The Broncos' most recent first-round picks are already flashing their potential

Zac Stevens Avatar
June 1, 2021

ENGLEWOOD, Colo. — Since 2007, when Nick Saban took over the program, the University of Alabama has six football national titles. They have only not been crowned the best team in the country eight times.

Yet until the start of the most recent decade, the Denver Broncos hadn’t drafted a single player from the powerhouse program since 2004.

In fact, the last time Denver drafted a player out of Tuscaloosa, Mike Shula was Alabama’s head coach. Shula is now the Broncos’ quarterback coach.

But with a new decade has come a new philosophy in Denver. The past two years, John Elway and George Paton have done the exact opposite—using back-to-back first-round picks on Alabama ball players.

To no surprise, both five-star recruits and All-Americans are tearing it up and turning heads out at the UCHealth Training Center during Denver’s OTAs.

“[Jerry] Jeudy—he’s just adding on from last year. His releases are looking great and his routes are looking crispy,” Bryce Callahan said about Denver’s 2020 first-round pick. “He’s catching the ball. It’s all looking good.”

As a rookie, the Biletnikoff Award winner flashed many of the traits that made him the best receiver in college football and a first-round pick as he put up over 850 receiving yards in 2020. However, it wasn’t all smooth sailing, specifically when it came to dropping passes.

On Tuesday, he attributed last year’s struggles holding onto the ball to “concentration and focusing on the ball.”

“I’m so quick to catch and run to hurry up and make a play instead of catching first, then run. That’s mostly what [it was],” the 22-year old explained. “Just trying to make a play too fast and not focusing on the bigger picture, which is catching the ball first.”

As Callahan pointed out, during the start of OTAs, Jerry’s having no problem holding onto the rock.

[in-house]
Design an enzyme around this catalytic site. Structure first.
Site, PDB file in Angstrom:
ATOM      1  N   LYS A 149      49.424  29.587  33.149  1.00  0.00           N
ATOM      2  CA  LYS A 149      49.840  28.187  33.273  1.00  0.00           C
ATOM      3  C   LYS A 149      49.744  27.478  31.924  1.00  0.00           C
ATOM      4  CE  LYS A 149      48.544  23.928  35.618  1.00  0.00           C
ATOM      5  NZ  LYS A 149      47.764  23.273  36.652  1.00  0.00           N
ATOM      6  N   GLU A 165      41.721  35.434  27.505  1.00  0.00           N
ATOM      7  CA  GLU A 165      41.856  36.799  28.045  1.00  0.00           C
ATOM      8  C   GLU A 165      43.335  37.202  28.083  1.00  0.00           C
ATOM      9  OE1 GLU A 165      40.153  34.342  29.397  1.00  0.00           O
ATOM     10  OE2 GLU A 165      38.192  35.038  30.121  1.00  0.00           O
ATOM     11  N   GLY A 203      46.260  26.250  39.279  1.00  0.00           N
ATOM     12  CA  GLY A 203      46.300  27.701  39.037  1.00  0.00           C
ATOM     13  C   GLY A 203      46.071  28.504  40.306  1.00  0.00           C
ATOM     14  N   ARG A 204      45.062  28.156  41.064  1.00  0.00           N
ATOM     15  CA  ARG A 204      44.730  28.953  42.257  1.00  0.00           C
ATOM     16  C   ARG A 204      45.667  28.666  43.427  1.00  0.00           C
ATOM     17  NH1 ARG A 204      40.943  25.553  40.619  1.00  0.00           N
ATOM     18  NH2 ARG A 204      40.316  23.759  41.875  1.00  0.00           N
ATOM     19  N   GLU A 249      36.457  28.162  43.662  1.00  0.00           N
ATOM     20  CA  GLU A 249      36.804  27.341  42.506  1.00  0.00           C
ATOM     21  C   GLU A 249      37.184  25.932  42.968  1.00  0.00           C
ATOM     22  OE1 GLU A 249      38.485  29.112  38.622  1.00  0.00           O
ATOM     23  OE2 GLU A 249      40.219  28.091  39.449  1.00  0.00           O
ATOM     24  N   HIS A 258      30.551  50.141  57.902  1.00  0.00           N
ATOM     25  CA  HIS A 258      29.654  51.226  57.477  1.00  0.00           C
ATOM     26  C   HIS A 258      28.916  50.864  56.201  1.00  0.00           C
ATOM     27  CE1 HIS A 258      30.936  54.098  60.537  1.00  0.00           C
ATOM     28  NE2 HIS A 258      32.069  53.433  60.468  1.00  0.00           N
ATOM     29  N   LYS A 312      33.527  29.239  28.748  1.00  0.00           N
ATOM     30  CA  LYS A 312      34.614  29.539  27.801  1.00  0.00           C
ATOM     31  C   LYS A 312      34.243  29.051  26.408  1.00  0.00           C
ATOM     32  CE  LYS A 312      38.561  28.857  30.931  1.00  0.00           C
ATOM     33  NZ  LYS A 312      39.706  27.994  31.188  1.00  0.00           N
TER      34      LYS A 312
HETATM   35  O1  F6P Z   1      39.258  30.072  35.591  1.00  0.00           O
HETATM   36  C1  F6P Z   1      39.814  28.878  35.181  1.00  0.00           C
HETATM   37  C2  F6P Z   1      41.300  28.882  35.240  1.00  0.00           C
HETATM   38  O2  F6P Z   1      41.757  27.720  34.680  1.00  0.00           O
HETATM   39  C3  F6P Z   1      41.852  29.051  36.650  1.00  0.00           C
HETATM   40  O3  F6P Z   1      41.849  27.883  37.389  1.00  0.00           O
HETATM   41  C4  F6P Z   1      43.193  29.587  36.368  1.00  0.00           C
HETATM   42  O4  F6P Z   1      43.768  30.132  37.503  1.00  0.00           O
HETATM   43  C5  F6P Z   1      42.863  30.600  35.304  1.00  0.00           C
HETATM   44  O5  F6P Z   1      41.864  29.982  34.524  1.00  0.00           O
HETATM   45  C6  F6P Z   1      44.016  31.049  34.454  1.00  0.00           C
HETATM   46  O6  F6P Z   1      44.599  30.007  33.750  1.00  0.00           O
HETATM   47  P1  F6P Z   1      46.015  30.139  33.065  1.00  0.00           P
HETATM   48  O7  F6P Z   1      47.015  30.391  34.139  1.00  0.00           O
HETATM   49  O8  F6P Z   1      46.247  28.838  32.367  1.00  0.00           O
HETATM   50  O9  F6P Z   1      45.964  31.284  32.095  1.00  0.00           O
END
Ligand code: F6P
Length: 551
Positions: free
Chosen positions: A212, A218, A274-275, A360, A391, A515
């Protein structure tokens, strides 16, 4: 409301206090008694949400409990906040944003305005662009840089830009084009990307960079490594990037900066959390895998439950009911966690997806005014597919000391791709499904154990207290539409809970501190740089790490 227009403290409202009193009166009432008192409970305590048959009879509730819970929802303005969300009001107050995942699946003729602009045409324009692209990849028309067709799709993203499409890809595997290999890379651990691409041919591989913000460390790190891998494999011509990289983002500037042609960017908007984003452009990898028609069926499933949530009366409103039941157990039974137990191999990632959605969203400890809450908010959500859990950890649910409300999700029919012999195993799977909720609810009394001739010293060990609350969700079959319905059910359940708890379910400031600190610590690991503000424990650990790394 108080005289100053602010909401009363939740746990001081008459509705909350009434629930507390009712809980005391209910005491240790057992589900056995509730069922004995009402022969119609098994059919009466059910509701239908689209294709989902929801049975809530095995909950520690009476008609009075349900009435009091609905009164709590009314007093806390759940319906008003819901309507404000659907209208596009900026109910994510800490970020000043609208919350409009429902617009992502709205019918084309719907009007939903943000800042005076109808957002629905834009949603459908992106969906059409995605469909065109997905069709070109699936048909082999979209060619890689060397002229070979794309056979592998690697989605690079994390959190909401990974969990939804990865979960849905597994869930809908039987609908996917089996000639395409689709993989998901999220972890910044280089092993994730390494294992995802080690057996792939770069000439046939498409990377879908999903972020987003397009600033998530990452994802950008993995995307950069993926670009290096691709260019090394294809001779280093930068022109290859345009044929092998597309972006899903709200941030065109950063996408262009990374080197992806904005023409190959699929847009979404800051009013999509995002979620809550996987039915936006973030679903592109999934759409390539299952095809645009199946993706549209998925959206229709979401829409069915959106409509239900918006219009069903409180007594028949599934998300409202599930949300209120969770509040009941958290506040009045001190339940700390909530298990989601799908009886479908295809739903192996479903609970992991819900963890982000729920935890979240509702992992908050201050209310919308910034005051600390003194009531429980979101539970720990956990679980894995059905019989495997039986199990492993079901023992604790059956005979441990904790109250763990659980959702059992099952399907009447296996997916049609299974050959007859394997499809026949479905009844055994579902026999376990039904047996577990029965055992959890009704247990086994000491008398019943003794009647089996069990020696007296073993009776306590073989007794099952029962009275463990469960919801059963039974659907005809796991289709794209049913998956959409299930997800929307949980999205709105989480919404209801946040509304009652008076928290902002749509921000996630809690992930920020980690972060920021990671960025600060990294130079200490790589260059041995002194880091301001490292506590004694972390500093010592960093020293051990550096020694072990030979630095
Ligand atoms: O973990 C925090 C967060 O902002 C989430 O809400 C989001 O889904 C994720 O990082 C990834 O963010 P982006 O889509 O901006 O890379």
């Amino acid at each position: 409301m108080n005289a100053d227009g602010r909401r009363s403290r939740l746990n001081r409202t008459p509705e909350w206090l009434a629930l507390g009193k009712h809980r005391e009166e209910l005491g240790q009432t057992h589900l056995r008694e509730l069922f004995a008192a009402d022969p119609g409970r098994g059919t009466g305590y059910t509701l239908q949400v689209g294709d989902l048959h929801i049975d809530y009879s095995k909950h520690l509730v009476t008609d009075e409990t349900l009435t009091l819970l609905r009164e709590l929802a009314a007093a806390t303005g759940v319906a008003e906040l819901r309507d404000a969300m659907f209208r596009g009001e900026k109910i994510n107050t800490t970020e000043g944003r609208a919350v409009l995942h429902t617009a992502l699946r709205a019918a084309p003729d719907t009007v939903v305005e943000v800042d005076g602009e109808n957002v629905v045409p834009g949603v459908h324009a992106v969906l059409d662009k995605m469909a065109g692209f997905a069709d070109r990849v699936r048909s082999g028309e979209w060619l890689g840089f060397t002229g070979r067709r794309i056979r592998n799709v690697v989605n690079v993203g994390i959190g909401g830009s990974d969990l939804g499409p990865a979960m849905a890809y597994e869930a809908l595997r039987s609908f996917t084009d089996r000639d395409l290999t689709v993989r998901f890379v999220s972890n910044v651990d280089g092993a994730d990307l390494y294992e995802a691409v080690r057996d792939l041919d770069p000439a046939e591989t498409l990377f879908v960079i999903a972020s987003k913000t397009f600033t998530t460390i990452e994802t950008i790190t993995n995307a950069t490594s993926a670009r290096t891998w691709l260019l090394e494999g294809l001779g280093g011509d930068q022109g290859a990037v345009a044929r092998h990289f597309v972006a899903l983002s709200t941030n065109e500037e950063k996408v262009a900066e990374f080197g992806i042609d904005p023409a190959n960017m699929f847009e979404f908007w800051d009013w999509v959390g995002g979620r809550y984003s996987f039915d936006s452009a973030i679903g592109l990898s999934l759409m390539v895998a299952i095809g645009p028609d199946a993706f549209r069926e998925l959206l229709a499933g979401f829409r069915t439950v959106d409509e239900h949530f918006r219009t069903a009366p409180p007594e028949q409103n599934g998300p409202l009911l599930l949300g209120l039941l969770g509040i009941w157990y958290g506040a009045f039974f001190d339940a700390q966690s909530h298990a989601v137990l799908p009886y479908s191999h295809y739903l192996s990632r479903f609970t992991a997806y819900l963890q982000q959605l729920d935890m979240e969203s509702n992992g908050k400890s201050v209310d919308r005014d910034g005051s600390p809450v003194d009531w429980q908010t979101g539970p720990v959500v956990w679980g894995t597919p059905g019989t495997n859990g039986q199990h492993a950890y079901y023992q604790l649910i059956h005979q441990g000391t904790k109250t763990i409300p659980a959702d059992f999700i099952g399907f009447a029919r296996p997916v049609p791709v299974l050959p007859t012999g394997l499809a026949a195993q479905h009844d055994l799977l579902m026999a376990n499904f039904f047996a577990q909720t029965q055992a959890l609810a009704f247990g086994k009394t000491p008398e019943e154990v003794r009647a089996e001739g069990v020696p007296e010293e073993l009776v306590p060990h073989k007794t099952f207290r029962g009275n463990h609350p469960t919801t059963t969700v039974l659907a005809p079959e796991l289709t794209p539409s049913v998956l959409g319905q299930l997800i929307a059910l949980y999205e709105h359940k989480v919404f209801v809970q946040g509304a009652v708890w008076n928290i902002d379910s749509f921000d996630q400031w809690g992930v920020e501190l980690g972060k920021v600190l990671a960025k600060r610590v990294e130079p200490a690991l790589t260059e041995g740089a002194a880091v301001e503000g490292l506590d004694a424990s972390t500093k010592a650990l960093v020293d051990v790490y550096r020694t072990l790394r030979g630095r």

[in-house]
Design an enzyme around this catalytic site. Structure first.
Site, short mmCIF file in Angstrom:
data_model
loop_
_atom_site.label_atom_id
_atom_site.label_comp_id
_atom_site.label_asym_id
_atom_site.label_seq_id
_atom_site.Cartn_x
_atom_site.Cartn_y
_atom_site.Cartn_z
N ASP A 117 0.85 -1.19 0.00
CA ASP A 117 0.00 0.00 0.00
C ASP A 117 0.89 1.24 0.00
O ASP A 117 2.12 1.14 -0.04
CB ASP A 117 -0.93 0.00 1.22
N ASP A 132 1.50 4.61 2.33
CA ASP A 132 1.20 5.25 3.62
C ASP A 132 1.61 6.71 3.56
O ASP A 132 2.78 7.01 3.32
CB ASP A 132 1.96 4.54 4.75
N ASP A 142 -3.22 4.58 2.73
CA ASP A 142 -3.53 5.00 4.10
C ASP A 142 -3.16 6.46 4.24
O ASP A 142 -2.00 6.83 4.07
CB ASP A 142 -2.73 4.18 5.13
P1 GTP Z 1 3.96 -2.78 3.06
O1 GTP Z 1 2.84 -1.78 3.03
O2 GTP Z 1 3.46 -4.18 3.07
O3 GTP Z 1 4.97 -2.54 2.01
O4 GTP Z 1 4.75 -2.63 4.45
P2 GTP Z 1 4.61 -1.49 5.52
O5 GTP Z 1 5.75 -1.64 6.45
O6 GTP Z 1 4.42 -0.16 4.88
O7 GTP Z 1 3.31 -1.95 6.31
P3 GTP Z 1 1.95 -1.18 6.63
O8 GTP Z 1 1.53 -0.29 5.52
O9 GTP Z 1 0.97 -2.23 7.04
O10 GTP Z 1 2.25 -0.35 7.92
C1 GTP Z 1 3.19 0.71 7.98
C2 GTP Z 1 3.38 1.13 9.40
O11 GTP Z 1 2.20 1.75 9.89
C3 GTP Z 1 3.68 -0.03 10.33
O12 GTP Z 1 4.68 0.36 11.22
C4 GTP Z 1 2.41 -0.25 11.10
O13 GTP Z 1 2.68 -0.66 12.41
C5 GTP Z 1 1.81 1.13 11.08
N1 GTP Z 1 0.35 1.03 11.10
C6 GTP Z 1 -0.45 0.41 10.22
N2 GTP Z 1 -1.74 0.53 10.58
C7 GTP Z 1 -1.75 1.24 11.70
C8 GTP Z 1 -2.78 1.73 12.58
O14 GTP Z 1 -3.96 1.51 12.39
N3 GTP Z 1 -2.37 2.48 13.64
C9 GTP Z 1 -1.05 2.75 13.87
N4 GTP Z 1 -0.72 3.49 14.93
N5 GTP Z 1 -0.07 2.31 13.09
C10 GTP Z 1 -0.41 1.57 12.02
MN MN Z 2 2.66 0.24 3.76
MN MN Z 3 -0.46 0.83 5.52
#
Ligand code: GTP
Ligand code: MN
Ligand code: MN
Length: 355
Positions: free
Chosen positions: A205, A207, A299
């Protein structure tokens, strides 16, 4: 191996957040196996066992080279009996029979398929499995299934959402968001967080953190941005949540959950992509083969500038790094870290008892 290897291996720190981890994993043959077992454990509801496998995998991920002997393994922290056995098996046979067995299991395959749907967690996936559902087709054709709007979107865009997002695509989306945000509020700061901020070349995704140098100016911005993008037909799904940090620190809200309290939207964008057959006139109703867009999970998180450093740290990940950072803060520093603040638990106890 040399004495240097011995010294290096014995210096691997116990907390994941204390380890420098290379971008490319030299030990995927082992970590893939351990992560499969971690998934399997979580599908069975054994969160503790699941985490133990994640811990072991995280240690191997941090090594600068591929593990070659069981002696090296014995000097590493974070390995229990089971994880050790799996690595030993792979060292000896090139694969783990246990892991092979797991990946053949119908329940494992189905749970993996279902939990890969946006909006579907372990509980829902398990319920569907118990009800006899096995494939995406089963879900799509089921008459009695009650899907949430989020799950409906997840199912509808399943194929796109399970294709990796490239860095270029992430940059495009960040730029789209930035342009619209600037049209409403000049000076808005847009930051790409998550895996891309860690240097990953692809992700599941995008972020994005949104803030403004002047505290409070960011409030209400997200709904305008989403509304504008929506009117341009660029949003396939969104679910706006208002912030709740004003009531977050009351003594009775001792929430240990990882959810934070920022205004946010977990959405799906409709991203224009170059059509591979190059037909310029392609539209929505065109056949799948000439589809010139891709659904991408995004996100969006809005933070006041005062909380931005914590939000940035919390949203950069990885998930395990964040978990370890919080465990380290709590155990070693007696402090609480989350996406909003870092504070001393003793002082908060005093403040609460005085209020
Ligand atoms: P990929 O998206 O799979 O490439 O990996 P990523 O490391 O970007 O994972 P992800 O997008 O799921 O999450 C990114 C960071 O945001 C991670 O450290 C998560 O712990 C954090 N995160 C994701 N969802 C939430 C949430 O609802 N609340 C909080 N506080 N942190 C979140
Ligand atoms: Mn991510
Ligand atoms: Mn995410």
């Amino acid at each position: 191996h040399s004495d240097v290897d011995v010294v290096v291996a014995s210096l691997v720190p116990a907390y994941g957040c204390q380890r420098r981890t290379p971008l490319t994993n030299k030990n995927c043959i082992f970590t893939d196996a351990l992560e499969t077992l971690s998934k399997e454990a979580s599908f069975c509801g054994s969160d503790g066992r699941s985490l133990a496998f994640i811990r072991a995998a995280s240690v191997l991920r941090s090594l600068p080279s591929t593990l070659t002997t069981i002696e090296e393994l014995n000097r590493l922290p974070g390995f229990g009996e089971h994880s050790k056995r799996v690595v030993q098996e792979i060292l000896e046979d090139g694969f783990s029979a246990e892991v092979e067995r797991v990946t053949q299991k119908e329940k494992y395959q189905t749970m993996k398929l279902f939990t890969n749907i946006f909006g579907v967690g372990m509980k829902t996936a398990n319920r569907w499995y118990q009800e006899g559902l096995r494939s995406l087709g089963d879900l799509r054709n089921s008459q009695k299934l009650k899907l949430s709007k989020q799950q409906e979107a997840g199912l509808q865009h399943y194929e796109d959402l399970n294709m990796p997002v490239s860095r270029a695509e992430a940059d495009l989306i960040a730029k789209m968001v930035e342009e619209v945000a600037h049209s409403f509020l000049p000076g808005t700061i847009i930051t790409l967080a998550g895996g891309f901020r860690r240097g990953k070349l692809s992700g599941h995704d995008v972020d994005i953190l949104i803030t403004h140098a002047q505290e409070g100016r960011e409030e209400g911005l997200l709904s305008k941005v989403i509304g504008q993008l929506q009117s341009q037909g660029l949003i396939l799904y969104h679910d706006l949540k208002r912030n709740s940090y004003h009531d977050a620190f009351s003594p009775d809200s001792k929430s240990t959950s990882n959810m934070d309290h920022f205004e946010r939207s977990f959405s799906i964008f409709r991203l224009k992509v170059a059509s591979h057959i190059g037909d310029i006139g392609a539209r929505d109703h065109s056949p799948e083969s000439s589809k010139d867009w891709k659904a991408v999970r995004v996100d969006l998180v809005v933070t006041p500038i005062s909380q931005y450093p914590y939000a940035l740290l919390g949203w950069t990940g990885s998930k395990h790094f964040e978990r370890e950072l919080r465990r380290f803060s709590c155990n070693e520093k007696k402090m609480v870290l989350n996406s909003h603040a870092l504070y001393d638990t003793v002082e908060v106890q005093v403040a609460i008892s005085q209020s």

“I think he’s in a far better place than he was last year at this time,” Vic Fangio said about the second-year receiver. “I see a more focused and more diligent receiver on the details. He knows he can’t slack. I see a much more mature guy right now.”

The head coach pointed to what he believes was a “defining moment” in Jeudy’s career when he bounced back from a five-drop game in Week 16 to having 140 yards and a touchdown the very next week.

“I feel like I’ve matured,” Jeudy added.

That maturity off the field has turned into separation on the field. During Tuesday’s OTA practice, with Courtland Sutton not partaking in 7-on-7s, Jeudy was the best receiver on the field. And it wasn’t even close.

The second-year receiver showed he is quickly forming chemistry with new quarterback Teddy Bridgwater. With outstretched arms, Jeudy pulled in a beautifully placed pass from the veteran quarterback 35 yards downfield in the end zone.

A few plays later, Bridgewater hit Jeudy immediately as he came out of a break for a gain of 20 yards on the left sideline. Jeudy displayed excellent footwork, getting both feet in to secure the catch. Jeudy also hauled in a dart from Drew Lock in the middle of the field in traffic near the end of practice.

Looking to build off his rookie year, Jeudy said being in the same offense for a second year in a row will help him continue to grow.